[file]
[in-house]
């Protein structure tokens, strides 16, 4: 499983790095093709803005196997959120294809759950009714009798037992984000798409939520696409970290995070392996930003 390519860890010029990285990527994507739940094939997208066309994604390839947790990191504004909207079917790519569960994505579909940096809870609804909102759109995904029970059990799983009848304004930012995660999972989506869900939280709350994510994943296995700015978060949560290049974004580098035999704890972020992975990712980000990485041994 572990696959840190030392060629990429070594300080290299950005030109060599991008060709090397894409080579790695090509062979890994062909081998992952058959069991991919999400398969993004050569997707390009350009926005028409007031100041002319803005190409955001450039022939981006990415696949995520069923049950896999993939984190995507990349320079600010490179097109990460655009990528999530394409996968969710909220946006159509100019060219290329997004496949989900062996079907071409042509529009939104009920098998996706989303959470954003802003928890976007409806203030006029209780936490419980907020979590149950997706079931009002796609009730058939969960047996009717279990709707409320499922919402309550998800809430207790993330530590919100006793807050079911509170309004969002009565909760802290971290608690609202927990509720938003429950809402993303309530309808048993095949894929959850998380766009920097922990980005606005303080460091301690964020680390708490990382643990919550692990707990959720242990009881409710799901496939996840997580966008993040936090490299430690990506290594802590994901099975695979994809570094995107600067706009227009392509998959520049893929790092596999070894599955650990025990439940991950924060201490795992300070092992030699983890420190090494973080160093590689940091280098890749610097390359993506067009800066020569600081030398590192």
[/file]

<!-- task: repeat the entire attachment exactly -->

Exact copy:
[in-house]
């Protein structure tokens, strides 16, 4: 499983790095093709803005196997959120294809759950009714009798037992984000798409939520696409970290995070392996930003 390519860890010029990285990527994507739940094939997208066309994604390839947790990191504004909207079917790519569960994505579909940096809870609804909102759109995904029970059990799983009848304004930012995660999972989506869900939280709350994510994943296995700015978060949560290049974004580098035999704890972020992975990712980000990485041994 572990696959840190030392060629990429070594300080290299950005030109060599991008060709090397894409080579790695090509062979890994062909081998992952058959069991991919999400398969993004050569997707390009350009926005028409007031100041002319803005190409955001450039022939981006990415696949995520069923049950896999993939984190995507990349320079600010490179097109990460655009990528999530394409996968969710909220946006159509100019060219290329997004496949989900062996079907071409042509529009939104009920098998996706989303959470954003802003928890976007409806203030006029209780936490419980907020979590149950997706079931009002796609009730058939969960047996009717279990709707409320499922919402309550998800809430207790993330530590919100006793807050079911509170309004969002009565909760802290971290608690609202927990509720938003429950809402993303309530309808048993095949894929959850998380766009920097922990980005606005303080460091301690964020680390708490990382643990919550692990707990959720242990009881409710799901496939996840997580966008993040936090490299430690990506290594802590994901099975695979994809570094995107600067706009227009392509998959520049893929790092596999070894599955650990025990439940991950924060201490795992300070092992030699983890420190090494973080160093590689940091280098890749610097390359993506067009800066020569600081030398590192």